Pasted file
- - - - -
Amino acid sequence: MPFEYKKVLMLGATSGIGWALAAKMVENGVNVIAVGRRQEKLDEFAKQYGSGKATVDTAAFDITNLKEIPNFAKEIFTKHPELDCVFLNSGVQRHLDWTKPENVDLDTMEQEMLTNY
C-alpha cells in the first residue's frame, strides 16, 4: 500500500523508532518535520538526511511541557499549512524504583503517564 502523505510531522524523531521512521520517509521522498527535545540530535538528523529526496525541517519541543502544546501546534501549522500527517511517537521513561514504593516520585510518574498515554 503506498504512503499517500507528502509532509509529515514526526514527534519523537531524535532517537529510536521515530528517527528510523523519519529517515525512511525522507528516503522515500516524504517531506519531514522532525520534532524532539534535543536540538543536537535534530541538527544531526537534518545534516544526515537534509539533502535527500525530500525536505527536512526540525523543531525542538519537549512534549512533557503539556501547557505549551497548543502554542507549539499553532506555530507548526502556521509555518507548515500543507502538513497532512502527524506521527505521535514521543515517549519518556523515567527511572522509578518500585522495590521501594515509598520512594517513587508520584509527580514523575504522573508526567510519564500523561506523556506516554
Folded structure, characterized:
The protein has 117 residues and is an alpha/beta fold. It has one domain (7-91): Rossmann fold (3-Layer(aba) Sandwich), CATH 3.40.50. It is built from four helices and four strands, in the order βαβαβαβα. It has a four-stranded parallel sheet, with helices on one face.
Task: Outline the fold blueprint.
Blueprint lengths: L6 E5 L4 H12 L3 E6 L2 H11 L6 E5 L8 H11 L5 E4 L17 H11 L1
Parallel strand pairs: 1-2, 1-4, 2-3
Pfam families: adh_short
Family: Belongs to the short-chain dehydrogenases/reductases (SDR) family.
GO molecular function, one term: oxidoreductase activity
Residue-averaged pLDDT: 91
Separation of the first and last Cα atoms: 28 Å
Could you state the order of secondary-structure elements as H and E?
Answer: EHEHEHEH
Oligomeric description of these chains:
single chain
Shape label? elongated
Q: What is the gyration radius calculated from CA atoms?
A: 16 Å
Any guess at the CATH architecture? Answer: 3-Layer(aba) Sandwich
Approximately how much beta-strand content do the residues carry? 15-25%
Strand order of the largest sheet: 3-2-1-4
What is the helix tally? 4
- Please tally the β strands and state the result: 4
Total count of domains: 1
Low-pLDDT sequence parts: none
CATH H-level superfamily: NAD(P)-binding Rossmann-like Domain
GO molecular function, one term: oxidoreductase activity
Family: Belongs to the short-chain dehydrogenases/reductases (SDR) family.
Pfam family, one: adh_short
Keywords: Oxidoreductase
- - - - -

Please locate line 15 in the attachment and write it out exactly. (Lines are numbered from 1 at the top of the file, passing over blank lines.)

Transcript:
Oligomeric description of these chains: